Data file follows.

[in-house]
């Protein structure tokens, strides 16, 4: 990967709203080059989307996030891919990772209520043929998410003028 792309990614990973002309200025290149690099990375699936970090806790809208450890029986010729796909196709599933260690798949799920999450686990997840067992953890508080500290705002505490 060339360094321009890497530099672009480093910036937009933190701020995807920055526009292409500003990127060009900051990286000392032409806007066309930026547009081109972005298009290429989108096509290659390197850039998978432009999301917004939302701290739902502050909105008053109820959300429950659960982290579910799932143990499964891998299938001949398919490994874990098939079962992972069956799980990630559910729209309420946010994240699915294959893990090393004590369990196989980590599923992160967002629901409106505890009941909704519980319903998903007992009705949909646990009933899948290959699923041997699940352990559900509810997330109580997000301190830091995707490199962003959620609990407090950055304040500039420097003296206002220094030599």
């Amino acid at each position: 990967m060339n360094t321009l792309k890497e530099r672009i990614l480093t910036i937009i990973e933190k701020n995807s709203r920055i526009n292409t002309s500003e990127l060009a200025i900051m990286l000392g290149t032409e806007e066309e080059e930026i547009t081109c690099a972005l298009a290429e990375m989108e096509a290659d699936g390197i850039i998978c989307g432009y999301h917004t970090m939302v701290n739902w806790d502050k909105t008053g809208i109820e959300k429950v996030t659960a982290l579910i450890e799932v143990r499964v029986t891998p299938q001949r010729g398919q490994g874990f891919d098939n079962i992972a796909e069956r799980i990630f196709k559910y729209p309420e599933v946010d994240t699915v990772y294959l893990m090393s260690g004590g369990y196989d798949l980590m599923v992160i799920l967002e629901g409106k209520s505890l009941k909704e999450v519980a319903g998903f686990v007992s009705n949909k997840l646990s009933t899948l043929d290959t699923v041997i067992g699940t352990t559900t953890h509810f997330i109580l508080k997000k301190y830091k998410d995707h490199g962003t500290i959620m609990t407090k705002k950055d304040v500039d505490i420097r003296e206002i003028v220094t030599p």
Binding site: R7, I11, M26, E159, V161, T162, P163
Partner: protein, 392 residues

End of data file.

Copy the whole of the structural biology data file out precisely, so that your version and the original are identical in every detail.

[in-house]
């Protein structure tokens, strides 16, 4: 990967709203080059989307996030891919990772209520043929998410003028 792309990614990973002309200025290149690099990375699936970090806790809208450890029986010729796909196709599933260690798949799920999450686990997840067992953890508080500290705002505490 060339360094321009890497530099672009480093910036937009933190701020995807920055526009292409500003990127060009900051990286000392032409806007066309930026547009081109972005298009290429989108096509290659390197850039998978432009999301917004939302701290739902502050909105008053109820959300429950659960982290579910799932143990499964891998299938001949398919490994874990098939079962992972069956799980990630559910729209309420946010994240699915294959893990090393004590369990196989980590599923992160967002629901409106505890009941909704519980319903998903007992009705949909646990009933899948290959699923041997699940352990559900509810997330109580997000301190830091995707490199962003959620609990407090950055304040500039420097003296206002220094030599």
């Amino acid at each position: 990967m060339n360094t321009l792309k890497e530099r672009i990614l480093t910036i937009i990973e933190k701020n995807s709203r920055i526009n292409t002309s500003e990127l060009a200025i900051m990286l000392g290149t032409e806007e066309e080059e930026i547009t081109c690099a972005l298009a290429e990375m989108e096509a290659d699936g390197i850039i998978c989307g432009y999301h917004t970090m939302v701290n739902w806790d502050k909105t008053g809208i109820e959300k429950v996030t659960a982290l579910i450890e799932v143990r499964v029986t891998p299938q001949r010729g398919q490994g874990f891919d098939n079962i992972a796909e069956r799980i990630f196709k559910y729209p309420e599933v946010d994240t699915v990772y294959l893990m090393s260690g004590g369990y196989d798949l980590m599923v992160i799920l967002e629901g409106k209520s505890l009941k909704e999450v519980a319903g998903f686990v007992s009705n949909k997840l646990s009933t899948l043929d290959t699923v041997i067992g699940t352990t559900t953890h509810f997330i109580l508080k997000k301190y830091k998410d995707h490199g962003t500290i959620m609990t407090k705002k950055d304040v500039d505490i420097r003296e206002i003028v220094t030599p």
Binding site: R7, I11, M26, E159, V161, T162, P163
Partner: protein, 392 residues